Thanks again! You covered the points well that were worrying me a bit. I will prep the dirt how you mentioned so it is good to use. Hopefully I can take some cycle media from my existing tanks to move the cycle along along with adding ammonia.

I am going to have to read further into the anaerobic denitrifying process in more detail. It also sounds similar to bacteria at the base of terrestrial plants. Anyway, I will check out those threads too and see what more I can learn before I build the tank.
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post #12 of 17 (permalink) Old 11-26-2012, 03:45 AM
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Glad to be of assistance. One thing you might consider is putting a ring of your capping material around the perimeter of the tank before adding the soil (mud really, about the consistency of brownie batter) this way you dont see the layers of dirt through the front edge. I left this element out because I wanted to see the layers but did have a bout of BGA at one point and found some dude who said it is encouraged by having the mud exposed to light at the tank edge. I don't know if its true, but it holds to reason. If I did it agian I would put the sand edging. By the way, the only things I added to my MTS besides the clay was cal/mag in the form of crushed coral and iron in the form of flourite. By the way, I know you are going to dose EI and I think thats great but did you know that soil based tanks even without water column dosing get their nutrients replenished by the fish waste and can grow healthy plants indefinitely is some cases? Some have gone for decades and are still going with no ferts ever added.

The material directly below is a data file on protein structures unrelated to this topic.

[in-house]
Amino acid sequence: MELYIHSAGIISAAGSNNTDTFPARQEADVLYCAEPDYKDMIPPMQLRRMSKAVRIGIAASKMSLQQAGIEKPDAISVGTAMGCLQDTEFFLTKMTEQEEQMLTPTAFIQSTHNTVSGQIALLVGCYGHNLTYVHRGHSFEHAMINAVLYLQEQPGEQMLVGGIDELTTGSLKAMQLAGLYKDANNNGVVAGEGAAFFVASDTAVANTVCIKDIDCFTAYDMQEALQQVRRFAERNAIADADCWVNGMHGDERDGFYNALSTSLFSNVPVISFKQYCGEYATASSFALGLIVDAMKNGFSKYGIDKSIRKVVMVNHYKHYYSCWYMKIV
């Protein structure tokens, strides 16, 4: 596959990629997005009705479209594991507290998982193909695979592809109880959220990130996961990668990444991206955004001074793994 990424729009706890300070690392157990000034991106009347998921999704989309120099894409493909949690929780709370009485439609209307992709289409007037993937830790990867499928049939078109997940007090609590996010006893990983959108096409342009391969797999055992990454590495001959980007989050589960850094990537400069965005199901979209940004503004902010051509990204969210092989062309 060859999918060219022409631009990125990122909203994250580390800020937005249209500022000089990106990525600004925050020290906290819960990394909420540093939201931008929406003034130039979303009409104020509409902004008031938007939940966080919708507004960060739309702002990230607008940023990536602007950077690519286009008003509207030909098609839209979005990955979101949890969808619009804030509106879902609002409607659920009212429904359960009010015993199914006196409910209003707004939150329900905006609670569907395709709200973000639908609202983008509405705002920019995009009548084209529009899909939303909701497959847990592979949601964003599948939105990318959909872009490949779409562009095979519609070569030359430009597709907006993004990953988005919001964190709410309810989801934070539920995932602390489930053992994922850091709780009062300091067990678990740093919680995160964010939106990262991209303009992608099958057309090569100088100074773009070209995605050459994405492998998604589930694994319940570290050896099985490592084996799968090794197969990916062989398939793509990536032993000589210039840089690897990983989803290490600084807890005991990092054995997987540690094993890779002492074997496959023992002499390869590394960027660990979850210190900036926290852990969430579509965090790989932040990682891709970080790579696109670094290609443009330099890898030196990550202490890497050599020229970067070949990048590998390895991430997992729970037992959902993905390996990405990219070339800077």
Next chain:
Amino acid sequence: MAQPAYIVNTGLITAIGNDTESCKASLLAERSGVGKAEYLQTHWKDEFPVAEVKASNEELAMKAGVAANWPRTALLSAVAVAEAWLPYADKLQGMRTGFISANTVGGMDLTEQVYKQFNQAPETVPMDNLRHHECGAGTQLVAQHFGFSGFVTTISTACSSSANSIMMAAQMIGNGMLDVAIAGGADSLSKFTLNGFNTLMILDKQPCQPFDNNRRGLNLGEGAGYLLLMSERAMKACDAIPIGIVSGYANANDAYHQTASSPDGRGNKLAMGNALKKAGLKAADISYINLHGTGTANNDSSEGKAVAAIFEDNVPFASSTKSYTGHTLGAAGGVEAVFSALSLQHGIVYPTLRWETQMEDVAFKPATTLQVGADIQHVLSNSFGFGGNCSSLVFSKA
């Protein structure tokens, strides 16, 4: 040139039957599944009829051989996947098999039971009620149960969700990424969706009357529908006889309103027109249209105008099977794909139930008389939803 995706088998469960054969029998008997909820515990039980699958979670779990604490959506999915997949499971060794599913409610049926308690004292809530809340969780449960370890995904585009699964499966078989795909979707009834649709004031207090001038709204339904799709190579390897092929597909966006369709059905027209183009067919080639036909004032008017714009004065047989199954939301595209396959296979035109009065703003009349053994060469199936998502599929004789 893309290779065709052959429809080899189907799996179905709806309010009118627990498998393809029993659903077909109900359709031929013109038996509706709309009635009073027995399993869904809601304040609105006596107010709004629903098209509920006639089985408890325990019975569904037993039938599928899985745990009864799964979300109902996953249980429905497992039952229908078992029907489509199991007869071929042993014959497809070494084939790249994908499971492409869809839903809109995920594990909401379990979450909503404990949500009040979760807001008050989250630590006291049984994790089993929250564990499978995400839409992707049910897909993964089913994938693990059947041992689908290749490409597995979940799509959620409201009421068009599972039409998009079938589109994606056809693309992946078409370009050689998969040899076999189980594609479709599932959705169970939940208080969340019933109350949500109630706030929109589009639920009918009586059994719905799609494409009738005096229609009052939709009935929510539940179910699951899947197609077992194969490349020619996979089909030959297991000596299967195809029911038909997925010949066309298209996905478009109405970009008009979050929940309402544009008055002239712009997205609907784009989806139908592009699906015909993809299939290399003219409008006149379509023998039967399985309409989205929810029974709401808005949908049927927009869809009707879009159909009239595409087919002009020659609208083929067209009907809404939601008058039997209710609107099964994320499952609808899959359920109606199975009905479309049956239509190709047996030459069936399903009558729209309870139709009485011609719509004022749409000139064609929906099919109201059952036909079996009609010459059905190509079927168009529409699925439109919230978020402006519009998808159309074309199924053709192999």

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post #13 of 17 (permalink) Old 11-26-2012, 07:56 AM
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Just watching, this answered a few questions I had.

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post #14 of 17 (permalink) Old 11-26-2012, 01:25 PM